The wait for Juventus to announce Massimiliano Allegri’s successor might be coming to an end.
According to the reports, all but the fine details of Sarri’s release from Chelsea are settled after face-to-face negotiations between Juve general manager Fabio Paratici and Mariana Granovskaia, the right-hand woman of Chelsea owner Roman Abramovich. Sky maintain that the Blues were initially holding out for €6 million in compensation for the coach, but that was negotiated down to an undisclosed lower number, including performance-based bonuses. Barring any unforeseen obstacles, Sarri could have his contract with the London club terminated by Friday at the earliest. He will then be free to sign a three-year contract with Juve.
Di Marzio further maintains on his own web site that Chelsea had not wanted to get in the way of the deal but had wanted time to secure a replacement for Sarri. That will reportedly be Chelsea legend Frank Lampard, who recently guided Derby County to the promotion playoff final in the English second tier.
While we’ve seen a couple of false starts on the Sarri-to-Juve news in the last week or so, these reports include more details than previous bulletins, including the reunion of Sarri with Giovanni Martuschiello, his top assistant when he was at Empoli. Martuschiello didn’t follow Sarri to Napoli, instead succeeding him at the Tuscan club. He was most recently Luciano Spalletti’s assistant at Inter and was dismissed along with the rest of Spalletti’s staff at season’s end. Sky reports that he will reunited with Sarri in Turin.
If the reports are accurate, it will finally bring an end to an excruciating wait—as well as crush the dreams of those still clinging to the idea of Pep Guardiola leaving Manchester City to come to Juventus. Sarri’s lone season at Chelsea was a productive one. He put the team back into the top four of the English Premier League, reached the final of the English League Cup, and won the club’s second Europa League title, crushing Arsenal 4-1 in the final. He came to prominence with Empoli in 2014, when he led the team back to Serie A for the first time since 2007-08. After keeping the team up, he was poached by Napoli, where he maintained the Partenopei’s status as Juve’s most consistent domestic challengers while perfecting an entertaining, flowing style of football that became known as Sarrismo and garnered praise for being the best in Italy—even though it never managed to upend Juve at the top of the table.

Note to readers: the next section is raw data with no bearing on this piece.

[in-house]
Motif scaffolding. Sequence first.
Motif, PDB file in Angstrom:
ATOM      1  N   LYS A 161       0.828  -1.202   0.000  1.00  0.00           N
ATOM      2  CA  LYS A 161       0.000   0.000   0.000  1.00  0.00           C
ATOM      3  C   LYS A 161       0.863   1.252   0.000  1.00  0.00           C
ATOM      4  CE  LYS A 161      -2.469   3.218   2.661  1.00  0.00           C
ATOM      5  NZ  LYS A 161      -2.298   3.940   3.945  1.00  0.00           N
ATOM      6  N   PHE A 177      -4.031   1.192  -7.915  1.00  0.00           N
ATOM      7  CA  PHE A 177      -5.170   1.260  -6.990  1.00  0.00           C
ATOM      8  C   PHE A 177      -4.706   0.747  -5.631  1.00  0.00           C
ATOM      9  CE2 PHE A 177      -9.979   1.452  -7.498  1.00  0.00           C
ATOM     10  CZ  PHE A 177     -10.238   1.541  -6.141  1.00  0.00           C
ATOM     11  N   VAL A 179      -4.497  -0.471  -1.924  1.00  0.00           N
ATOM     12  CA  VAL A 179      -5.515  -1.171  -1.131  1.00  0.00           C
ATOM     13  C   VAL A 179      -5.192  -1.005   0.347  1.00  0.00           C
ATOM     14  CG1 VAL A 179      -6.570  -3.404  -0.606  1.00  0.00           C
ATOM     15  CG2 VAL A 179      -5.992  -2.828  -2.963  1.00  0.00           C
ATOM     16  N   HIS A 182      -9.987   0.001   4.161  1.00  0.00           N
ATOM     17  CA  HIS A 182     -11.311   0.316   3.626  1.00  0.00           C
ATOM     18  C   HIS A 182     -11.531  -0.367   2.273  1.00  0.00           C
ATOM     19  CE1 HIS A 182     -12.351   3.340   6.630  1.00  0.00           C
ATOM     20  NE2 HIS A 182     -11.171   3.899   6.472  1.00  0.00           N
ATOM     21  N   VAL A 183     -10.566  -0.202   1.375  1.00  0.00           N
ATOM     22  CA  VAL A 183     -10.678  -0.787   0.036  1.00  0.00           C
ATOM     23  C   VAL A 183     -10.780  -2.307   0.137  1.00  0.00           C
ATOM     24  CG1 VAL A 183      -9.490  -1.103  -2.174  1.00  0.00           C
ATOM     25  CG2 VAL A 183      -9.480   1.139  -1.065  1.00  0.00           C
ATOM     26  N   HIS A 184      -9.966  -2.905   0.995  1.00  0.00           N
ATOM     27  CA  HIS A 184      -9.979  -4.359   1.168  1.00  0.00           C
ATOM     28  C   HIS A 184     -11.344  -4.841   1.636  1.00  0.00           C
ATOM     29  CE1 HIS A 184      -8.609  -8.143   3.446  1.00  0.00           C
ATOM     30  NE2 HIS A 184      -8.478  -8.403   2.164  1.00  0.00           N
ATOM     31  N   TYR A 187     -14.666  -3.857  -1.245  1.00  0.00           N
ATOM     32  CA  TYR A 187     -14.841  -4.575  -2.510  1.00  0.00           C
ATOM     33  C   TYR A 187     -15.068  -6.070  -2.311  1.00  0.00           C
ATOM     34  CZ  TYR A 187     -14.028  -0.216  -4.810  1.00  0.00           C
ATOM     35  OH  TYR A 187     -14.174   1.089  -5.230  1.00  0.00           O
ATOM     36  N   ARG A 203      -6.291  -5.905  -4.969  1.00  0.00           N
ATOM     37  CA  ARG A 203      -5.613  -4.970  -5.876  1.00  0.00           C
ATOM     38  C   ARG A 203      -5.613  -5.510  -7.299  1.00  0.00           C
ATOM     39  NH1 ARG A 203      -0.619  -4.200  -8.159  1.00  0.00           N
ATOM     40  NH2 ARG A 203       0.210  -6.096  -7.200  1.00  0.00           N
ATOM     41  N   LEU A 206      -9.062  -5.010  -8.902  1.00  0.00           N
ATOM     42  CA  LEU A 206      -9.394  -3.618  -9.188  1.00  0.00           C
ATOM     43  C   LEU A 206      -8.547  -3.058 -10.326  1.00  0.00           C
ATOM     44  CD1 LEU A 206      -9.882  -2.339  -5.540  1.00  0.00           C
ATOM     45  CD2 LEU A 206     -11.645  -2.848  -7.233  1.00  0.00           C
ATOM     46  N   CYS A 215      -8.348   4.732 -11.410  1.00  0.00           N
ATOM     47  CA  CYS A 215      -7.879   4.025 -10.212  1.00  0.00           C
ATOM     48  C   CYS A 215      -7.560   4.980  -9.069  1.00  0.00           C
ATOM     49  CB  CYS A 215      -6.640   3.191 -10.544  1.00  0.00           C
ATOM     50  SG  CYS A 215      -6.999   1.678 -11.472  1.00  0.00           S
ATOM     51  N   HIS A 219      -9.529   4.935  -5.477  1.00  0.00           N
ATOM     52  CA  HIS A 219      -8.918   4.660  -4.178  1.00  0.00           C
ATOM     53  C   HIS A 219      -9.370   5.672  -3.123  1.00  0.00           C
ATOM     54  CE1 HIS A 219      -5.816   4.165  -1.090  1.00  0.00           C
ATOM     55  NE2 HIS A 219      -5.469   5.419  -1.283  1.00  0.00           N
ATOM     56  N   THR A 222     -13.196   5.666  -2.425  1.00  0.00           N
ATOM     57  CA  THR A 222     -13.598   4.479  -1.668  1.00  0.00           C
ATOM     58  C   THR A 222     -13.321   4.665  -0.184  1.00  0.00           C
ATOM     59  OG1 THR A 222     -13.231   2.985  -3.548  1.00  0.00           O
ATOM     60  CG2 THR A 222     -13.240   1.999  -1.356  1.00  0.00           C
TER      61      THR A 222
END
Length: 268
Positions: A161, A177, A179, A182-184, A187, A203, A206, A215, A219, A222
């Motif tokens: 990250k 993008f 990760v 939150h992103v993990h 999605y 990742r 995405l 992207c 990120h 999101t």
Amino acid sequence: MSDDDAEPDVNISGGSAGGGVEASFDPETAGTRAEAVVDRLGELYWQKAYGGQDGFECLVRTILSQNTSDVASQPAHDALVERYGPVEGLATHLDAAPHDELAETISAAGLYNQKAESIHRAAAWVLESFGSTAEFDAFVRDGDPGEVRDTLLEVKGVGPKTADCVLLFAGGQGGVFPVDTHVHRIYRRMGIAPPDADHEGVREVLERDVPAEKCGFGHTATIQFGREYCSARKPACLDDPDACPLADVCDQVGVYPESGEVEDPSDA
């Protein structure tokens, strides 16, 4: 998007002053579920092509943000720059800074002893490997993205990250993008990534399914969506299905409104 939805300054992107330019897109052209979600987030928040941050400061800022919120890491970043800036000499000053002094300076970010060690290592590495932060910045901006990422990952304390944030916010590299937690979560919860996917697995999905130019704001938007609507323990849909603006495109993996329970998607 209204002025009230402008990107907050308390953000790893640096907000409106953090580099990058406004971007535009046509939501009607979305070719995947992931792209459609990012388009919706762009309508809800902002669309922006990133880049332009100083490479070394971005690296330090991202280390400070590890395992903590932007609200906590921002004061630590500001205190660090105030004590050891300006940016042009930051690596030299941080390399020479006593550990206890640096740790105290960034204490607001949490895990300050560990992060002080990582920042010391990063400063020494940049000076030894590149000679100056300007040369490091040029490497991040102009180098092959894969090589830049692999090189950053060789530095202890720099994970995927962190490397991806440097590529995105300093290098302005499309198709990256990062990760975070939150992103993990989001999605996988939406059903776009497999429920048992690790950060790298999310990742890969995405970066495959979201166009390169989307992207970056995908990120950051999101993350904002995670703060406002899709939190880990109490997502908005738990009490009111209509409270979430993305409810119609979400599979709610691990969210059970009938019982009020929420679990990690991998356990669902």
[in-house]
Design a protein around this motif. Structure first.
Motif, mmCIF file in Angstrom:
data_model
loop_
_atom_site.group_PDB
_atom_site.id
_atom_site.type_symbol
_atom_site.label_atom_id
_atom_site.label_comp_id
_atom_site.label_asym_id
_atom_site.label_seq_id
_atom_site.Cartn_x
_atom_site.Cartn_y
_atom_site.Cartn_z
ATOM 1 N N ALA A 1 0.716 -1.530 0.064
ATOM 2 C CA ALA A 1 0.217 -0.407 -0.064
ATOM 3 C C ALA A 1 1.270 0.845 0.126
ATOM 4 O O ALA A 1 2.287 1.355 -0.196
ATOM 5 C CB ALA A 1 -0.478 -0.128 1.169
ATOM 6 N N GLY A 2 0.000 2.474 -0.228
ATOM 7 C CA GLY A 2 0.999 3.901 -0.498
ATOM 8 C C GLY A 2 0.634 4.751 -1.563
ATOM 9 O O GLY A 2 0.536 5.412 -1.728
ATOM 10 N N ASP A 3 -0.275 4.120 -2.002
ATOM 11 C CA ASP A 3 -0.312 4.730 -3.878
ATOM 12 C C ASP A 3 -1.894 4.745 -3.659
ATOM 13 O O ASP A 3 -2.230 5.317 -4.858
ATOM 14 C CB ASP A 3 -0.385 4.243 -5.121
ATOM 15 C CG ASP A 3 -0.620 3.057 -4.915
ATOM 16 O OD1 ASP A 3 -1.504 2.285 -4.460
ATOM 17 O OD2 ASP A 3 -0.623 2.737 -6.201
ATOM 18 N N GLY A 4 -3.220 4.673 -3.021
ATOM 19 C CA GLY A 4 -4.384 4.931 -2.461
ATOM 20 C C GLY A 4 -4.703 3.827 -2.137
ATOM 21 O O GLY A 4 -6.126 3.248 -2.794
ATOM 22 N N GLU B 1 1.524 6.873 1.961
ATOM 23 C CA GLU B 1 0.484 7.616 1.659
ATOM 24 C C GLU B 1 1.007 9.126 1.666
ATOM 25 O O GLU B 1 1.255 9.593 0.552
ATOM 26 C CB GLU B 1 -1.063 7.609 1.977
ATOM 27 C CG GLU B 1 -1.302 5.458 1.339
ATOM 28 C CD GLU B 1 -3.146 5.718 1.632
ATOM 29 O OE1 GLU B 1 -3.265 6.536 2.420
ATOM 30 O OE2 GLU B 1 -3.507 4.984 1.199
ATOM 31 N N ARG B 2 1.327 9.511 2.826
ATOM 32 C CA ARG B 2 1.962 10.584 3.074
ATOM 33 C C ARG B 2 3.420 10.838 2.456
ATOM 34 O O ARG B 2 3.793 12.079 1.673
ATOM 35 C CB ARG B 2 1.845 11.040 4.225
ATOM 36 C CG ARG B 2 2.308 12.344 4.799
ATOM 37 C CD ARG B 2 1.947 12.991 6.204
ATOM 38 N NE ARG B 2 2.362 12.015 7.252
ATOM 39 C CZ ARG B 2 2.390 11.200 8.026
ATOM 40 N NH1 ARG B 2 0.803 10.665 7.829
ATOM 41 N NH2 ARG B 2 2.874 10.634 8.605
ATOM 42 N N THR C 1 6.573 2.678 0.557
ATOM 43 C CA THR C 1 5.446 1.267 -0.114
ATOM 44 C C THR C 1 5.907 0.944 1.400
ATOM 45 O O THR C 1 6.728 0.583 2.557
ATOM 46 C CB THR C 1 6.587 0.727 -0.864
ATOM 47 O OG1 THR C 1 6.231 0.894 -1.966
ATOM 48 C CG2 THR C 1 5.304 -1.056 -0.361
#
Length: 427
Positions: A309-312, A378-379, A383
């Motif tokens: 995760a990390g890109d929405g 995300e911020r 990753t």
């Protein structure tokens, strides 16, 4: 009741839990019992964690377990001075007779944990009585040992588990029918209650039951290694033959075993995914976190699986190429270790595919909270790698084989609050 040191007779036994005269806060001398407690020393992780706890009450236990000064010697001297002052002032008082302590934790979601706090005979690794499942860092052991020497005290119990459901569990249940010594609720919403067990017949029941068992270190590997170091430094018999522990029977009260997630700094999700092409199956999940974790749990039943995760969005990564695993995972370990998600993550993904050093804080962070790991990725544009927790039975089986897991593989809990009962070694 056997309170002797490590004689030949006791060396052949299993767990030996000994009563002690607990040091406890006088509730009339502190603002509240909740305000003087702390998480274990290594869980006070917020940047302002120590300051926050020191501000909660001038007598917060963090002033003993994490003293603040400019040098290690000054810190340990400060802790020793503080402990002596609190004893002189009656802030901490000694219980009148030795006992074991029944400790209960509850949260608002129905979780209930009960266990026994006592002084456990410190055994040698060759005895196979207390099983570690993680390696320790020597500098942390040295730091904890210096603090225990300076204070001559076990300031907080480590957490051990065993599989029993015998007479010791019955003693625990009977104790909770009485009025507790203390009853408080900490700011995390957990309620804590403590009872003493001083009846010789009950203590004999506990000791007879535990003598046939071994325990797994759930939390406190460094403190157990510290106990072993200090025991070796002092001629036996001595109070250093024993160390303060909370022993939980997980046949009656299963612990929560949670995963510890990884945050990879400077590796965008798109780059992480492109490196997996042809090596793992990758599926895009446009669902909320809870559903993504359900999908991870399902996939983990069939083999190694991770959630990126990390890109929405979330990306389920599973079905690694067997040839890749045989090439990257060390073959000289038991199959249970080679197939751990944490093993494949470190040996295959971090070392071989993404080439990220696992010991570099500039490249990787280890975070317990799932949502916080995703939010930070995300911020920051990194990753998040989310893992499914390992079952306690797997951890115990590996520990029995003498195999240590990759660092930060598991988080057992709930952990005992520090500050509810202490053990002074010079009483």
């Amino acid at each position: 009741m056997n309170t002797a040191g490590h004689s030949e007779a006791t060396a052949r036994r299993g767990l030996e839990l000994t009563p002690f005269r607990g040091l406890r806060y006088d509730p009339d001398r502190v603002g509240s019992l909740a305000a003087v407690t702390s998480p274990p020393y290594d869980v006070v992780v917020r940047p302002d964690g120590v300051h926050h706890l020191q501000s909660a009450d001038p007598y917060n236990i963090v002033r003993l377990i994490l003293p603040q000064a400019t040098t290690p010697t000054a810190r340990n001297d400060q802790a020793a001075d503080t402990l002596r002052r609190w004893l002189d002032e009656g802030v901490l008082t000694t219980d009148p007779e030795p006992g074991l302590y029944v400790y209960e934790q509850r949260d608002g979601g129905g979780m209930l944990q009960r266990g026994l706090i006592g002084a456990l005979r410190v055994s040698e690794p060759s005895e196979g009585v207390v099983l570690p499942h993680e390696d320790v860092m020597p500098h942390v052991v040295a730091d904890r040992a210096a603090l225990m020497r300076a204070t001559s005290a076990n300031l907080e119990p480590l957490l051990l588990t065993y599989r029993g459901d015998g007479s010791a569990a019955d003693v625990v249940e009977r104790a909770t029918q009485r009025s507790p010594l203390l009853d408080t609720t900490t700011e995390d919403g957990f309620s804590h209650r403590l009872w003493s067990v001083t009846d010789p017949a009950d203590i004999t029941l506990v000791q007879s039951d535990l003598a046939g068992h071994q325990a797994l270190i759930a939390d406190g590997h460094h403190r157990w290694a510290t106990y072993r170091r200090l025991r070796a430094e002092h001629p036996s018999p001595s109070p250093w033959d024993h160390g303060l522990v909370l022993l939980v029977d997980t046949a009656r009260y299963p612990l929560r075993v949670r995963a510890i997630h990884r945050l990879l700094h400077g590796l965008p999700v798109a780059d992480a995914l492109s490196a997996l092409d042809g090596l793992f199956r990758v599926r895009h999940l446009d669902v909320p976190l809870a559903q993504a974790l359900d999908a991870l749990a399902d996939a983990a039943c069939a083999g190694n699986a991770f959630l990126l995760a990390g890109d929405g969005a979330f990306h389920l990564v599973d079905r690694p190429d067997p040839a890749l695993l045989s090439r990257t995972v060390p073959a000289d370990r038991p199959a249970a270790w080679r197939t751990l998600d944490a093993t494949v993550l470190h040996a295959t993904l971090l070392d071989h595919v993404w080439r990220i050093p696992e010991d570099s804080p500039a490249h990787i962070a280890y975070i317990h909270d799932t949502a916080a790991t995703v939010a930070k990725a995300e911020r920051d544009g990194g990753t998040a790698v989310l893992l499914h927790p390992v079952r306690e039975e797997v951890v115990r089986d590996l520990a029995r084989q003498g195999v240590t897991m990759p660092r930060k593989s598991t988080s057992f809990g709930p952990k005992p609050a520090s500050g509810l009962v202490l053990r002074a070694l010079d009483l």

The expectations that would fall on Sarri’s shoulders will be immense. He would be tasked with doing what Max Allegri couldn’t: end Juventus’ 23-year-long wait for a Champions League crown while simultaneously maintaining their historic domestic dominance and raising the team’s level of play, which had become abysmal at times during Allegri’s final season. It’s worth pointing out that his contract and Cristiano Ronaldo’s would end in the same year—whether or not he would stay with the team beyond that would likely depend entirely on whether he can reach the goals Ronaldo was brought in to help achieve. If Juve fall short—or if they look just as wonky as they did this past year—he’ll be in trouble quickly.
Like we said, there have been a few false starts on this story in the last week, and things are never settled until the clubs announce it themselves, but watch this space for updates.